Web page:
Development of Buddhism in China during the 5th and 6th Centuries


      During the 5th and 6th centuries, Buddhist schools from India were established in China, and new ones, especially Chinese schools, were formed. Buddhism was a powerful intellectual force in China; Monastic establishments proliferated, and Buddhism became established among the peasantry. Thus, it is not surprising that, when the Sui dynasty (581–618) established its rule over a reunified China, Buddhism flourished as a state religion.

Development during the Tang Dynasty (618–907)

     The Golden Age of Buddhism in China occurred during the Tang Dynasty. Although the Tang emperors were generally themselves Daoists, they favored Buddhism, which had become extremely popular. Under the Tang, the government increased its control over the ordination and legal status of monasteries and monks. From this time on, the Chinese monk called himself simply Chen (“subject”).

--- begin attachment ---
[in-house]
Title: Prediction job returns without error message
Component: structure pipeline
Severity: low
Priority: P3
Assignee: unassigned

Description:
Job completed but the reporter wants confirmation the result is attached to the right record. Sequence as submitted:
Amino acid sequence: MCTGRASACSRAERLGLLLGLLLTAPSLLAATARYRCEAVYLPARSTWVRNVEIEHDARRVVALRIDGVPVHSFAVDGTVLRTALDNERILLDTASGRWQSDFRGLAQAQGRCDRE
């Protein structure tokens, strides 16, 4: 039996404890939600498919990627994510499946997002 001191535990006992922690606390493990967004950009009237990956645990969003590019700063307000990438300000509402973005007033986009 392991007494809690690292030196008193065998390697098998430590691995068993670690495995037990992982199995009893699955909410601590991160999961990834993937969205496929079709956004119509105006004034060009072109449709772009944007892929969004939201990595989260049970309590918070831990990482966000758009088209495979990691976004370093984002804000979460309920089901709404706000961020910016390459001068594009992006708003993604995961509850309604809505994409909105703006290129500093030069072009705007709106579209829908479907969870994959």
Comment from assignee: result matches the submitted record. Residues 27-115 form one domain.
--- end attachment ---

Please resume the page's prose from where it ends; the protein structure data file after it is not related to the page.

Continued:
During this period many Chinese schools developed their own distinctive approaches and systematized the vast literature of Buddhist texts and teachings. The number of Buddhist monasteries and the amount of land they owned greatly expanded. It was also during this period that many scholars made pilgrimages to India and returned with texts and spiritual and intellectual inspiration, which greatly enriched Buddhism in China. However, Buddhism was never able to replace Daoism and Confucianism, and in 845 AD Emperor Wuzong began major persecution. According to historical sources, 4,600 Buddhist temples and 40,000 shrines were destroyed, and 260,500 monks and nuns were forced to return to take their lives.
Buddhism in China after the Tango Dynasty

      Buddhism in China never fully recovered from the great persecution of 845 AD. However, it retained much of its heritage, and it continued to play an important role in the religious life of China. On the one hand, Buddhism retained its identity as Buddhism and generated new forms of expression. These included texts such as the Yulu (“Recorded Sayings”) of famous teachers, which were primarily oriented towards monks, as well as more literary works such as Journey to the West (written in the 16th century) and Dream of the West. Red Chamber (18th century). Buddhism, on the other hand, combined with Confucian (especially in the Neo-Confucian movement of the Song and Ming dynasties) and Daoist traditions to form a complex multi-religious ethos within which the “three religions” (san jiao) were more or less easily included.